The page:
UNITED STATES of America, Plaintiff–Appellee v. Ardelle Edward DUNLAP, Jr., Defendant–Appellant.
The district court1 sentenced Ardelle Dunlap to one year and one day of imprisonment for violating the terms of his supervised release. The district court did not impose any additional term of supervised release. Dunlap appealed. Before his appeal was heard, Dunlap was released from custody and his sentence was fully discharged. We then ordered the parties to show cause why Dunlap's appeal should not be dismissed as moot. We now dismiss Dunlap's appeal as moot.2
Dunlap argues his appeal is not moot because the supervised release violation could enhance his sentence if he is convicted of another crime in the future. Spencer v. Kemna, 523 U.S. 1, 118 S.Ct. 978, 140 L.Ed.2d 43 (1998), forecloses Dunlap's collateral consequences argument. “An incarcerated convict's (or a parolee's) challenge to the validity of his conviction always satisfies the case-or-controversy requirement․ Once the convict's sentence has expired, however, some concrete and continuing injury other than the now-ended incarceration or parole—some ‘collateral consequence’ of the conviction—must exist” to maintain the appeal. Id. at 7. In Spencer, the district court revoked the defendant's parole, and the defendant appealed. Id. at 3, 5–6. The defendant was subsequently released from custody. Id. at 6. The Supreme Court held the possibility the defendant would face an enhanced sentence for a future crime because of the parole revocation was not a sufficient collateral consequence to meet Article III's injury-in-fact requirement. Id. at 15. We are “unable to conclude that the case-or-controversy requirement is satisfied by general assertions or inferences that in the course of their activities respondents will be prosecuted for violating valid criminal laws. We assume that respondents will conduct their activities within the law and so avoid prosecution and conviction․” O'Shea v. Littleton, 414 U.S. 488, 497, 94 S.Ct. 669, 38 L.Ed.2d 674 (1974). Thus, the possibility the supervised release violation might increase Dunlap's sentence for a future conviction is insufficient to maintain this appeal.
Second, Dunlap argues his appeal is not moot because he will suffer ongoing social stigma as a result of the violation. Specifically, he argues “unquestionable stigma” is attached to the district court's finding that Dunlap violated the terms of his supervised release because “[t]he supervised-release petition accused Mr. Dunlap of an act of domestic violence upon a pregnant woman and he denied it.” Dunlap cites no authority for the proposition that a defendant's protestation of innocence in an appeal of a supervised release violation creates a sufficient controversy where no other collateral consequences are at stake and the case is otherwise moot.3 Lacking any authority in support of his argument, Dunlap's denial of the violation is insufficient to maintain this appeal.
Finally, Dunlap argues that even if his appeal is otherwise moot, his appeal falls within the exception to mootness for cases “capable of repetition yet evading review.” This exception applies “where the following two circumstances [are] simultaneously present: (1) the challenged action [is] in its duration too short to be fully litigated prior to cessation or expiration, and (2) there [is] a reasonable expectation that the same complaining party [will] be subject to the same action again.” Spencer, 523 U.S. at 17 (alterations in original) (citations and internal quotation marks omitted). The Spencer petitioner similarly argued his case was not moot because it was “capable of repetition, yet evading review.” Id. (internal quotation marks omitted). The Supreme Court held the petitioner “has not shown (and we doubt that he could) that the time between parole revocation and expiration of sentence is always so short as to evade review. Nor has he demonstrated a reasonable likelihood that he will once again be paroled and have that parole revoked.” Id. at 18. The same reasoning applies here. Dunlap has not shown all appeals of supervised release violations are “so short as to evade review,” and we will not assume Dunlap will in future be convicted of a crime, sentenced to supervised release, charged with violating supervised release, appeal that violation, and again find his appeal moot. See O'Shea, 414 U.S. at 497 (“[A]ttempting to anticipate whether and when these respondents will be charged with [a] crime ․ takes us into the area of speculation and conjecture.”). Thus, we reject Dunlap's final argument.4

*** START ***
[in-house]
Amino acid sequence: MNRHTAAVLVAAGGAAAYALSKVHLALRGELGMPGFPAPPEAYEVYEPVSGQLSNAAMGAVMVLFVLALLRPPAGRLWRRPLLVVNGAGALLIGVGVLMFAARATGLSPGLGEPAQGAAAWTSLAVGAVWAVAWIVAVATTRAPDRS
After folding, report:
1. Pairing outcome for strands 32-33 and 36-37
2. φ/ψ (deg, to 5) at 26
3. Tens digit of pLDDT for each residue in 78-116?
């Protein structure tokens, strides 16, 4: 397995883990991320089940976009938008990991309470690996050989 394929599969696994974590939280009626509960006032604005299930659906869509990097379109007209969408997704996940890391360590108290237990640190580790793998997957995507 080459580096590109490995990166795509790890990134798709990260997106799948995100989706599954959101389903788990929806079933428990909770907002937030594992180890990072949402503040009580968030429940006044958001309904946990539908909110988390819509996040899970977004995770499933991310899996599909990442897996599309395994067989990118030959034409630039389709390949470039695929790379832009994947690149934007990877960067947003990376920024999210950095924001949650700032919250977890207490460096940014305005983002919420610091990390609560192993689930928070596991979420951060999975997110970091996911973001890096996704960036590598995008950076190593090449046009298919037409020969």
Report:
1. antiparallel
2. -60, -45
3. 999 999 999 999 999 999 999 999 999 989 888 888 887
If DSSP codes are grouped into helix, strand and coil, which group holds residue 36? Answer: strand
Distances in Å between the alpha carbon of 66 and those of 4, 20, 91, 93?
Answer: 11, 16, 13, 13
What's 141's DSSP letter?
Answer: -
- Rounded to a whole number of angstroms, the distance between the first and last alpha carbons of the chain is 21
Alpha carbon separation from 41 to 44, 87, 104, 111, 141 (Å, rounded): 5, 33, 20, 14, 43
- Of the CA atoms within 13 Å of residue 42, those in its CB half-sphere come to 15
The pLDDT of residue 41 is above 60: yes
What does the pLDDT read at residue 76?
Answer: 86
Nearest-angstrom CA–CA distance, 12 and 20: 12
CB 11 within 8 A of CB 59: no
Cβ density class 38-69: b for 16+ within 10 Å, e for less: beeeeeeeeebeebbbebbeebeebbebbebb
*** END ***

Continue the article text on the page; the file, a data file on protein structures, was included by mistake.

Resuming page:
We dismiss Dunlap's appeal as moot.
1. The Honorable Joseph F. Bataillon, United States District Judge for the District of Nebraska.
2. Because we dismiss Dunlap's appeal as moot, we do not address his substantive arguments.
3. We offer no opinion as to whether social stigma might be sufficient to sustain an appeal outside the present case.
4. United States v. Melton, 666 F.3d 513 (8th Cir.2012), and United States v. Wilson, 709 F.3d 1238 (8th Cir.2013), cited by Dunlap, are distinguishable. Unlike Dunlap, the Melton defendant was still on supervised release at the time of his appeal. Melton, 666 F.3d at 515 n. 3. Unlike Dunlap, the Wilson defendant appealed the imposition of a no-contact order. Wilson, 709 F.3d at 1239.